There’s been lots of talk lately about the unhealthiness of convenience foods and snacks for kids laden with sugars and fat. Although we may not think of jarred baby food as snacks, they certainly can be convenient. A new study found, however, that jarred baby foods don’t measure up either, only it’s not about what they have but rather what they lack.
New UK research from the University of Greenwich, School of Science, reveals that ready-made jars of baby meals contained less than a fifth of the recommended daily supply of calcium, magnesium, zinc, iron, and other minerals.
Researchers pulled 8 different sample jars produced by popular brands right off the shelves of leading supermarkets and examined their micronutrient content. Micronutrients refer vitamins and minerals; as opposed to macronutrients which include fat, protein and carbohydrates- where most previous studies have been focused. The micronutrient content was determined via Inductivity Coupled Plasma-Optical Emission Spectrometer, commonly used to examine elements in food.
The research samples included 4 meat and 4 vegetable varieties, one including pasta, but manufacturer brand names remained anonymous. The study revealed that babies given one meat jar and one vegetable jar in addition to 600ml of formula milk would not be getting adequate calcium, magnesium, selenium, or copper. The levels were 20% lower than the recommended amount on average.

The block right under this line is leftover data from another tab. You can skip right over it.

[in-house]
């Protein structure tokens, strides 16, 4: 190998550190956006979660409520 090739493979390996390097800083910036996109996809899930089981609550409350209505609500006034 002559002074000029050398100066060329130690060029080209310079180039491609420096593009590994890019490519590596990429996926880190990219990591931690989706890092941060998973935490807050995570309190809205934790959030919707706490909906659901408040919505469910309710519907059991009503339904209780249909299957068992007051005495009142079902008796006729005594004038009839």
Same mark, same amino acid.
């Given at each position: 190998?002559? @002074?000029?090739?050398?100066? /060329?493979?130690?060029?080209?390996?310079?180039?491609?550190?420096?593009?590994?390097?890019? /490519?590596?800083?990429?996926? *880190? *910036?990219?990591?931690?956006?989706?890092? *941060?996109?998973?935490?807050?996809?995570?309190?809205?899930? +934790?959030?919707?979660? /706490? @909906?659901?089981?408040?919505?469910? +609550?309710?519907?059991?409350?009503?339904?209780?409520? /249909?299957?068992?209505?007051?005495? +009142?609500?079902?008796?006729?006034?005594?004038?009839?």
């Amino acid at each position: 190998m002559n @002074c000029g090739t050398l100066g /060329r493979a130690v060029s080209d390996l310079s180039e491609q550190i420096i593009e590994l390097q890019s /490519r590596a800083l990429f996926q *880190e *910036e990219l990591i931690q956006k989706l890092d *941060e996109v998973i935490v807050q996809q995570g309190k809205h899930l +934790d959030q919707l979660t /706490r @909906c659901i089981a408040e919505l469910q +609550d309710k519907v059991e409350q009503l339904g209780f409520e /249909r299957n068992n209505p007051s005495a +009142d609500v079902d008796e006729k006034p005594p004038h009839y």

Researchers conclude that the complementary baby foods, when coupled with a baby’s daily milk supply, do not meet the recommended amounts and suspect could explain why manufacturers do not list micronutrient content on jarred baby foods. The study authors also emphasize the importance of weaning a baby at 6 months with a healthy balance of foods and breast milk or formula and suggest the regulations governing jarred baby foods become tighter. This study also points to yet another added benefit of making your own baby food.